Which is a phenomenon described by the economic nobelist Richard Thaler, according to whom even seemingly inconspicuous “pokes” in the right places and at the right time can have a fundamental influence on behavior and decision-making processes.

Of course, like any professional text, this work, published in a prestigious magazine, can be the target of criticism. With one possible reproach men Ondřej Dostál, a medical lawyer and fighter against covid measures, who questioned the way in which the authors found that initial medical consensus. According to Dostál, these were primarily doktor doctors who communicate with (President of ČLK – note red.) Kubkem ’.

Dostál is right that the sample of doctors used in the study was massive – over 9,500 respondents – but it was not created according to the principles of representativeness. The Medical Chamber addressed all members who communicate with it electronically (which is 70 percent of all physicians), and a quarter of them responded to the online questionnaire. This created a sample that examined doctors’ attitudes toward vaccines.

Online data collection is always a bit problematic in sociological surveys, and researchers tend to approach it carefully and carefully weigh various socio-demographic and other variables. This did not happen immediately in this case. The complaint against the selection of a medical sample can also be found among the opinions of reviewers who evaluated the work of Czech scientists for Nature (and certainly did not find this complaint so serious that the study could not come out).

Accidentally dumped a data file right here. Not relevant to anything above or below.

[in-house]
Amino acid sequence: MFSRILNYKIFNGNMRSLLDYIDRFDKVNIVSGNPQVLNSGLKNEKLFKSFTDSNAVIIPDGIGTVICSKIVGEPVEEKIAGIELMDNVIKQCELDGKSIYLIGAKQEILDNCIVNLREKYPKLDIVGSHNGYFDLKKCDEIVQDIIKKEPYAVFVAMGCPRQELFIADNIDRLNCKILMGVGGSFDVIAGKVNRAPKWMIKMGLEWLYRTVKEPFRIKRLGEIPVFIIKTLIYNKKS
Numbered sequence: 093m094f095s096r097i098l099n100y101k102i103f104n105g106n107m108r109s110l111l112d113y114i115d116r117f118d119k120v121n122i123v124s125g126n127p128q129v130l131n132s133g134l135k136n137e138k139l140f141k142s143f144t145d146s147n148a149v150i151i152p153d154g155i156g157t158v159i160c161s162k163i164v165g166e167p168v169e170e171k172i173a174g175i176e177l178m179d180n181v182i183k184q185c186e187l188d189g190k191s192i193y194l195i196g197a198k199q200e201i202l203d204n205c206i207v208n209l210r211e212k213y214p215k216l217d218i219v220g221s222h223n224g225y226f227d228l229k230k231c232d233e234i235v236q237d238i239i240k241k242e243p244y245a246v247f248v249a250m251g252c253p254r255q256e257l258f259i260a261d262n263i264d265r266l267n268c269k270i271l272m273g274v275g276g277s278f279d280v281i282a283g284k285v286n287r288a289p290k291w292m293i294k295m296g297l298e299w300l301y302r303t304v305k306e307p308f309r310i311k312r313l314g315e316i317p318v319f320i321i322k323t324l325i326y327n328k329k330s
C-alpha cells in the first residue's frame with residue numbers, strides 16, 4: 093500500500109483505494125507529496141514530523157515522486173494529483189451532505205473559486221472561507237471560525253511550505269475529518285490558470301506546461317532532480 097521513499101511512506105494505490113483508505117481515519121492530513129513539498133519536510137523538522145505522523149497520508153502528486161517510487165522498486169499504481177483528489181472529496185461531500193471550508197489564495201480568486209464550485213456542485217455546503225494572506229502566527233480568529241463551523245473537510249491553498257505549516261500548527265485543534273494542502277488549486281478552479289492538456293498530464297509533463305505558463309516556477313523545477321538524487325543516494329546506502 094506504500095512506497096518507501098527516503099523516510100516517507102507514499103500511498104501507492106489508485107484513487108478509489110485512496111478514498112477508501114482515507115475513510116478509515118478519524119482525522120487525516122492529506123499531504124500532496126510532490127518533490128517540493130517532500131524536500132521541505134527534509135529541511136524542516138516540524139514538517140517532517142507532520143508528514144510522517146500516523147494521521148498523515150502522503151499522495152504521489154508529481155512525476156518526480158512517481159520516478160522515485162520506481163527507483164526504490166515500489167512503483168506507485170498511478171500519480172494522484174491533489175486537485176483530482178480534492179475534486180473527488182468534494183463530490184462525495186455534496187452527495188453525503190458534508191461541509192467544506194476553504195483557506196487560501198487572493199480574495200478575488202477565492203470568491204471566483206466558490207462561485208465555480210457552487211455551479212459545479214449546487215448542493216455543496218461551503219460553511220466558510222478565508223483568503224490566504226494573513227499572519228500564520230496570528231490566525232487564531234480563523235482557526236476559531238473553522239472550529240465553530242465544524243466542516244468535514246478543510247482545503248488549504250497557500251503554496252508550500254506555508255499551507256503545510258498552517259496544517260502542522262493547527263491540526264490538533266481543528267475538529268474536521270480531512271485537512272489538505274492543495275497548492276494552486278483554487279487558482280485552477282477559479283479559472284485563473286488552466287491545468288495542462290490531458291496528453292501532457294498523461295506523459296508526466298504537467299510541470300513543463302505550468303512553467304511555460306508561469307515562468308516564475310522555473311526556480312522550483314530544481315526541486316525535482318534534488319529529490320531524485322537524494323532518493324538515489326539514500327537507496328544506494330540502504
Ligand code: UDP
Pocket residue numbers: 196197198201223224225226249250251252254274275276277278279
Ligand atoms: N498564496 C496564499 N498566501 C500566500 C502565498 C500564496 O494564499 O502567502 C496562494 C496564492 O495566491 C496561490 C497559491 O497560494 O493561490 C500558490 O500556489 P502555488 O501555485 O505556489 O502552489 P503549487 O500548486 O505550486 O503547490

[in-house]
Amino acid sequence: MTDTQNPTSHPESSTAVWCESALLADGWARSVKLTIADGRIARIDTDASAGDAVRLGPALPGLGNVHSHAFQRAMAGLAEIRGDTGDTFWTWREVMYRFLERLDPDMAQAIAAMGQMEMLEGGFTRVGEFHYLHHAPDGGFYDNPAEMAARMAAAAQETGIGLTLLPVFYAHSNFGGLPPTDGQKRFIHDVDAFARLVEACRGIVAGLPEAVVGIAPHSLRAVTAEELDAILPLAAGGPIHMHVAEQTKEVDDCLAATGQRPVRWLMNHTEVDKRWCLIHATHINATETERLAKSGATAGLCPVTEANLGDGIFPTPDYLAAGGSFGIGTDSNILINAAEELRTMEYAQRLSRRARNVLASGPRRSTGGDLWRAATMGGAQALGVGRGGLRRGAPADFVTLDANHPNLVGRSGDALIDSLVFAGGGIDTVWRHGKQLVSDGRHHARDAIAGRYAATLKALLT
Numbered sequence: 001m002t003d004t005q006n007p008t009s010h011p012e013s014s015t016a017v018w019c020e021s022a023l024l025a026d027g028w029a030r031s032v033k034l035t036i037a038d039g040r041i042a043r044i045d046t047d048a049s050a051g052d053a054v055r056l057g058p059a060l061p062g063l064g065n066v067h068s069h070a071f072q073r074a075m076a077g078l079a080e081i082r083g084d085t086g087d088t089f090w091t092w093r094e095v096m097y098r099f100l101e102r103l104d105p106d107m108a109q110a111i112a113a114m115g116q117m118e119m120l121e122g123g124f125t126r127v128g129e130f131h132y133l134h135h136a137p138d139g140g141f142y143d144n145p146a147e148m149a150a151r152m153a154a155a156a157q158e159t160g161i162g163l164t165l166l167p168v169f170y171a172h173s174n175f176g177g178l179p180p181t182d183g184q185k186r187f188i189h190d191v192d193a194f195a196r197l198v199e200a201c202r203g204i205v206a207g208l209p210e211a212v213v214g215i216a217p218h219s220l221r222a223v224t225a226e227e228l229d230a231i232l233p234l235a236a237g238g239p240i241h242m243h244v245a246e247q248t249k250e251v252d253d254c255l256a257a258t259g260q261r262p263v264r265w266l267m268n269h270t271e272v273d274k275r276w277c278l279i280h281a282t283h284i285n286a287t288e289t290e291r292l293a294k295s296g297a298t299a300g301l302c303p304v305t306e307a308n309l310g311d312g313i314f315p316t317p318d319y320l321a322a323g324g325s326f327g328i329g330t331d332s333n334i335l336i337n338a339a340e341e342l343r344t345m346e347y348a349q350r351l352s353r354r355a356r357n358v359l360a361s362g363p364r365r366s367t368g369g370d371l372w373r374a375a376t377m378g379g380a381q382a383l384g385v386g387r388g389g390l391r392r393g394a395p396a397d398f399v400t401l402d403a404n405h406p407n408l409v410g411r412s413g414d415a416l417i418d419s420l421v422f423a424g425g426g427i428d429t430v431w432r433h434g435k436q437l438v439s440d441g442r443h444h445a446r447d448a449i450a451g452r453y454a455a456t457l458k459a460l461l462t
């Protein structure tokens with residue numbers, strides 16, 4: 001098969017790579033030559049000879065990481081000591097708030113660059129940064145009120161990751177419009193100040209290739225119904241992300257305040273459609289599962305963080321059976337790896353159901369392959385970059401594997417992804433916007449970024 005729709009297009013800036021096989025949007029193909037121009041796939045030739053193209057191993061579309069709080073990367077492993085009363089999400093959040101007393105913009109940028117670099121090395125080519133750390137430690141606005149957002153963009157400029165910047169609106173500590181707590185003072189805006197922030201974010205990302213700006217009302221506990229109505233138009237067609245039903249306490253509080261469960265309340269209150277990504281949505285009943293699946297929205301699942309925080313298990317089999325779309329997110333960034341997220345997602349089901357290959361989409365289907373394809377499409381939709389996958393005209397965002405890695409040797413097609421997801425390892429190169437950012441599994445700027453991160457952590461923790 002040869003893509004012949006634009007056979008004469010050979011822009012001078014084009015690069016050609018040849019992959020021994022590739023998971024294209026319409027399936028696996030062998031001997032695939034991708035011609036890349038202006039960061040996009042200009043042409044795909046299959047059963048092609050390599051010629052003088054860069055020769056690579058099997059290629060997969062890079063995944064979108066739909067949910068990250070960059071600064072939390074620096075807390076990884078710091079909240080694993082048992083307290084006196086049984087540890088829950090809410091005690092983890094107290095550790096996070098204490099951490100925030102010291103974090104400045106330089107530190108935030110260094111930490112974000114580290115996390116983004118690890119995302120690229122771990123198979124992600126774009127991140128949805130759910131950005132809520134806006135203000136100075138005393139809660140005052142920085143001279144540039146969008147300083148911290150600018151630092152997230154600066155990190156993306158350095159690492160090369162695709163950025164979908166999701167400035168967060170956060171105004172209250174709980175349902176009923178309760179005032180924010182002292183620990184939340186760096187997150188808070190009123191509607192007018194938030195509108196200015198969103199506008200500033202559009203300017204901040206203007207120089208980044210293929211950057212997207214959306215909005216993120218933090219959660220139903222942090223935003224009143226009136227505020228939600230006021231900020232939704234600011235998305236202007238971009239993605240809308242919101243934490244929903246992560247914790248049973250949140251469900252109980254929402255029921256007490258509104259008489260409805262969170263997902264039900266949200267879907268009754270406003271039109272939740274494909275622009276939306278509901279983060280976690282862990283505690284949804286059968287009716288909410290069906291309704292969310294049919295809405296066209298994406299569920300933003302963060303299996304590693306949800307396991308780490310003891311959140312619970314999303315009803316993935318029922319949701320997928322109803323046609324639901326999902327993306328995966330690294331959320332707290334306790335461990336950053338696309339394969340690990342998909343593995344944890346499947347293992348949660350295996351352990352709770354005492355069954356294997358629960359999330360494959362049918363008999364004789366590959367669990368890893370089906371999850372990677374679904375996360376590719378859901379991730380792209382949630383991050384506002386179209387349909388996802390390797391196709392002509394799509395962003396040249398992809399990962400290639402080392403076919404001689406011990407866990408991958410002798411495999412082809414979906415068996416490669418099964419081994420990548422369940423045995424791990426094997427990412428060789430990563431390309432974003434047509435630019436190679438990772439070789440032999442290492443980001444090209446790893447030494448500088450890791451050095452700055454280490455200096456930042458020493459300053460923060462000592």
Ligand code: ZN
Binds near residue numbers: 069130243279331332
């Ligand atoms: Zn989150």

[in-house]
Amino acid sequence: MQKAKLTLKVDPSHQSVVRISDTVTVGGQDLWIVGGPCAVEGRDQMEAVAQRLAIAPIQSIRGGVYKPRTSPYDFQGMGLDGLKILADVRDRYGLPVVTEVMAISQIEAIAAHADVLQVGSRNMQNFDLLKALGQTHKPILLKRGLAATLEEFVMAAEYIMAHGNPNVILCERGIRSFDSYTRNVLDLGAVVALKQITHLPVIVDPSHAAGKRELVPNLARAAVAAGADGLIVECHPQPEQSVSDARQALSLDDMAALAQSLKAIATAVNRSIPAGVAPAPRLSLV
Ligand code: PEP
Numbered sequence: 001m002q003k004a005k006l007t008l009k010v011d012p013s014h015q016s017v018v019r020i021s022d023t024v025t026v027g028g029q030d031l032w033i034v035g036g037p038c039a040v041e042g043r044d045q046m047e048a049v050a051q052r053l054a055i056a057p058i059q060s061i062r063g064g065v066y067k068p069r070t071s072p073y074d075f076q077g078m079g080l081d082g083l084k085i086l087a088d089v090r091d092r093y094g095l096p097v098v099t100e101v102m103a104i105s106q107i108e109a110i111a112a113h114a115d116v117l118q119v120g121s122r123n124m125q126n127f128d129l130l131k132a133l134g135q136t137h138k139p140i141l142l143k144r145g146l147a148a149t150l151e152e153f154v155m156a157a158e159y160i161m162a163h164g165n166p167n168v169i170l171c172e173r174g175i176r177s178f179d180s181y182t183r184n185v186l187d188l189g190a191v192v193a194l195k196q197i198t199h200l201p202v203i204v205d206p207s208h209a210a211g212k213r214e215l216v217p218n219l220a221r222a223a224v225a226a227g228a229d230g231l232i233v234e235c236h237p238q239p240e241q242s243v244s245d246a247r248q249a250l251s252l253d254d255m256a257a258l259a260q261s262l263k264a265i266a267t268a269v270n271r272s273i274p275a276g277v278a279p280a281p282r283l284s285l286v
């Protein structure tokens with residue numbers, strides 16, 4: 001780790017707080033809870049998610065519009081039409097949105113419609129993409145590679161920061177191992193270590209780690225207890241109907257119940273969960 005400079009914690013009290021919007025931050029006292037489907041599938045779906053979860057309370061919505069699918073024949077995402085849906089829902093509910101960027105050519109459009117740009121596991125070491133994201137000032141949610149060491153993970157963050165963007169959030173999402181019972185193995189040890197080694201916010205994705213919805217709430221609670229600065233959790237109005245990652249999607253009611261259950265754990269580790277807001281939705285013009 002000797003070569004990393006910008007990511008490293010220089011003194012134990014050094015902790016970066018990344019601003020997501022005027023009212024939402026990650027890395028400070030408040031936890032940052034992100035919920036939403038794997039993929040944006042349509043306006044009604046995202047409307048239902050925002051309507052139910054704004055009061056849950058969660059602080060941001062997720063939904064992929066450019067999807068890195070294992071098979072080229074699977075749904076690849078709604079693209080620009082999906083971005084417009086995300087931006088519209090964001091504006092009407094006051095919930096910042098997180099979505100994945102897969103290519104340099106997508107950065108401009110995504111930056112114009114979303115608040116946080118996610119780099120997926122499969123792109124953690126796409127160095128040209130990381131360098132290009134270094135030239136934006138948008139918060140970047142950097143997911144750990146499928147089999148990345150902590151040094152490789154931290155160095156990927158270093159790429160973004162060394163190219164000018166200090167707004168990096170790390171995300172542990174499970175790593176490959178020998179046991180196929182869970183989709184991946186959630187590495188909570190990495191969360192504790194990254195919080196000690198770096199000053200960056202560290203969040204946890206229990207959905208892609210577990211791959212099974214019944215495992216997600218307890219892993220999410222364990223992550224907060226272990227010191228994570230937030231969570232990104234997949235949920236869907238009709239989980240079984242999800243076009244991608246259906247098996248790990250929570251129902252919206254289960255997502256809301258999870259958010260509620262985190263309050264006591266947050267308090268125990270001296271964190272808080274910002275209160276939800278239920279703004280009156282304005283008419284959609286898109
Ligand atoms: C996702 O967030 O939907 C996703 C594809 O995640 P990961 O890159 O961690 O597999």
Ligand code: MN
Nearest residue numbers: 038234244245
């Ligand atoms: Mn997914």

However, it should be noted that the authors of the study checked the composition of their sample of physicians, both according to ČLK and ÚZIS database, and came to the conclusion (supported by the table in the appendix) that the sample can be considered representative, so consider the consensus to be incorrect.

Therefore, it seems more likely that the vast minority of doctors who feel distrust or outright of vaccines is simply louder and, thanks to the amplifying effects of social and traditional media, much more audible and influential than would correspond to their number among the medical condition.

Which is one of the reasons why there is a disproportion between what doctors think about vaccines and what people think doctors think about vaccines. Such a hypothesis is as scientifically unproven as Dostál’s claim that the sample is unrepresentative, but unlike it, it can be preliminarily supported by at least some data.

Dostál’s argument that the authors of the study took a “medical” sample once in February 2021 may have some relevance, while the population sample was followed by a longitudinal survey between February and November of the same year. However, the search for a medical consensus was not the main focus of the study – it was primarily about the effect of specific information on specific attitudes and decisions of the population.

However, if Ondřej Dostál wanted to follow up on the work in Nature and examine the development of medical attitudes between last February and the present on a completely correct and representative sample, it would undoubtedly be an interesting and meritorious scientific work.

You will find much more in the full issue of the Visit newsletter. For example, an explanation of the medical concept of ICD or interesting reading tips not only in the field of healthcare. If you want to receive the entire Visit every Tuesday directly to your e-mail inbox, subscribe.